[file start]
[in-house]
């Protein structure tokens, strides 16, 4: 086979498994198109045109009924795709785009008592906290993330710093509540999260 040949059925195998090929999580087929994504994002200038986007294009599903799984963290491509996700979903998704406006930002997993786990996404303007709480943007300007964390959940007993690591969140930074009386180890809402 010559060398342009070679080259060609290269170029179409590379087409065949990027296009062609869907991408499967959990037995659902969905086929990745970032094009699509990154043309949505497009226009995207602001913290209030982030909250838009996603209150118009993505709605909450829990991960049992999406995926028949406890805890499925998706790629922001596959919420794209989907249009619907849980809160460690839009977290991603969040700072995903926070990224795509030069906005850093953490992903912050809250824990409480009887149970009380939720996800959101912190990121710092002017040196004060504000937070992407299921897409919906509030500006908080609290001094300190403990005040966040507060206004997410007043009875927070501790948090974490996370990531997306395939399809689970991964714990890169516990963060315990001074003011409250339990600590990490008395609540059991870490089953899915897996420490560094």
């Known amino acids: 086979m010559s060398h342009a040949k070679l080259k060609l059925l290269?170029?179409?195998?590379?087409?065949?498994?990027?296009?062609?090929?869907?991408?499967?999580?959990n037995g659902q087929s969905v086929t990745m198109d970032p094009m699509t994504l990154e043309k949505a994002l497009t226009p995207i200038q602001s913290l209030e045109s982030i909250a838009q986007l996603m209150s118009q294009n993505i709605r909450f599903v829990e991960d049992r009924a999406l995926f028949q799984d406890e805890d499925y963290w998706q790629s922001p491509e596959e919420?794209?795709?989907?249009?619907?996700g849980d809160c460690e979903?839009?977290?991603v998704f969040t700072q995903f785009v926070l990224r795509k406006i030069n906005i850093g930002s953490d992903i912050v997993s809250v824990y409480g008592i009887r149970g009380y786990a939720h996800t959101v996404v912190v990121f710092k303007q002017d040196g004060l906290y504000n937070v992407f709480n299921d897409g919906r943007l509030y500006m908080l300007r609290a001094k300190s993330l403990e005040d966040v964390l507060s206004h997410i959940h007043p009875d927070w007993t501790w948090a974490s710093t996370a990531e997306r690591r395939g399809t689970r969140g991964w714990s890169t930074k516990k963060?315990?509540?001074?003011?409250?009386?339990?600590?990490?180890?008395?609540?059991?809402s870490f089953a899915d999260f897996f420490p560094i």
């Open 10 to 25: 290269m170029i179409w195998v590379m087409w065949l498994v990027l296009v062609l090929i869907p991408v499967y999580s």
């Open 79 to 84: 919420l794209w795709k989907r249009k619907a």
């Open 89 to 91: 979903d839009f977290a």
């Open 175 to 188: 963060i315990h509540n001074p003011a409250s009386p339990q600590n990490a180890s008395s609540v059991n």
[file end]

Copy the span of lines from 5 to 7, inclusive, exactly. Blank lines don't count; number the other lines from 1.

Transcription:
């Open 79 to 84: 919420l794209w795709k989907r249009k619907a």
């Open 89 to 91: 979903d839009f977290a």
């Open 175 to 188: 963060i315990h509540n001074p003011a409250s009386p339990q600590n990490a180890s008395s609540v059991n």